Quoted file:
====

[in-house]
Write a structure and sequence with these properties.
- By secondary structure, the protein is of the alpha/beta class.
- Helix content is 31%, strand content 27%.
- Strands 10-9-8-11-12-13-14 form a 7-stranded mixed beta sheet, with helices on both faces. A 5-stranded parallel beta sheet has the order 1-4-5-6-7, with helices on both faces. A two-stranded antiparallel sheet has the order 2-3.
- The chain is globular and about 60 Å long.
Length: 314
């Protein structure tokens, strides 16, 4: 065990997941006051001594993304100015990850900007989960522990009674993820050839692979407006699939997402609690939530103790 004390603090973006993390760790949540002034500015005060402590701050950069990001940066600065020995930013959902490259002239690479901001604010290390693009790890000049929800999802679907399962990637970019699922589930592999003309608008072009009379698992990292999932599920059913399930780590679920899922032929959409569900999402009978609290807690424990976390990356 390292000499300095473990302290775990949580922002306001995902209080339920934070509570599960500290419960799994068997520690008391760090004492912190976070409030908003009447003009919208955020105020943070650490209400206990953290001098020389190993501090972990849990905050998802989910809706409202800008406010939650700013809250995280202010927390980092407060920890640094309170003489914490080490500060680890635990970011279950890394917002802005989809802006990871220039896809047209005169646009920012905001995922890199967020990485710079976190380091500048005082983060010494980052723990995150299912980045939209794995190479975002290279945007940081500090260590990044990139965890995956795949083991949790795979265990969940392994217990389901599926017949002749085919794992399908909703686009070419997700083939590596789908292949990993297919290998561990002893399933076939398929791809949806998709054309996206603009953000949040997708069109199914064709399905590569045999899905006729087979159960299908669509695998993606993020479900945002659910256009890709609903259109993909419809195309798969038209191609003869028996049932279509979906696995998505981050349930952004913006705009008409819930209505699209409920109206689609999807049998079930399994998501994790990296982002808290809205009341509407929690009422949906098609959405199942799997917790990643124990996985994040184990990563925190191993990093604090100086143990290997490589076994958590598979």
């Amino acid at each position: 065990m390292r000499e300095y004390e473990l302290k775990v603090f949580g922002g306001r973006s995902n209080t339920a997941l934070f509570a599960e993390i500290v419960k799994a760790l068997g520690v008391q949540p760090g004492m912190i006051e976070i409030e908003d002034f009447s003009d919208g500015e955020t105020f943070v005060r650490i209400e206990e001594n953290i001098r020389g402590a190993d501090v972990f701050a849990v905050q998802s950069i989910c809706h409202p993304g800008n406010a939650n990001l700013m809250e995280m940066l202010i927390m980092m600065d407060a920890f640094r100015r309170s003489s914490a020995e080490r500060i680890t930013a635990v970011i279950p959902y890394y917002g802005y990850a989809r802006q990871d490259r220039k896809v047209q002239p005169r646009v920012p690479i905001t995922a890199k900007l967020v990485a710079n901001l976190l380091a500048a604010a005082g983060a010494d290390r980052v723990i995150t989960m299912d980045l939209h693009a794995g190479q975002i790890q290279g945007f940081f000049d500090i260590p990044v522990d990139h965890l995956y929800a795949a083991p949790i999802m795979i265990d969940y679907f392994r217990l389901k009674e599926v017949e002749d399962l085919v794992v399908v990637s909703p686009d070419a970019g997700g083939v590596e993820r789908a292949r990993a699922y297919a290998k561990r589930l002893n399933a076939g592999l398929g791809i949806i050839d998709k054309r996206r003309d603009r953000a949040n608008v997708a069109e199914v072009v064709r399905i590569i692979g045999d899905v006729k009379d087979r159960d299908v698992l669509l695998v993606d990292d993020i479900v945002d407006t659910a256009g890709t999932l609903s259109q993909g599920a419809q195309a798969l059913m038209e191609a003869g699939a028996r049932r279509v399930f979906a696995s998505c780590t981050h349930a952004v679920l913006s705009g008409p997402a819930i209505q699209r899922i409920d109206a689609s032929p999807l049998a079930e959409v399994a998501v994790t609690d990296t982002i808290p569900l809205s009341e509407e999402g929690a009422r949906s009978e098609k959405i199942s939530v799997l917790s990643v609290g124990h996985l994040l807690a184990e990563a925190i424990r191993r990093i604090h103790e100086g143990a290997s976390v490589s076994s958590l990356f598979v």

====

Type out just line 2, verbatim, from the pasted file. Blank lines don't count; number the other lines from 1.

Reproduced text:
Write a structure and sequence with these properties.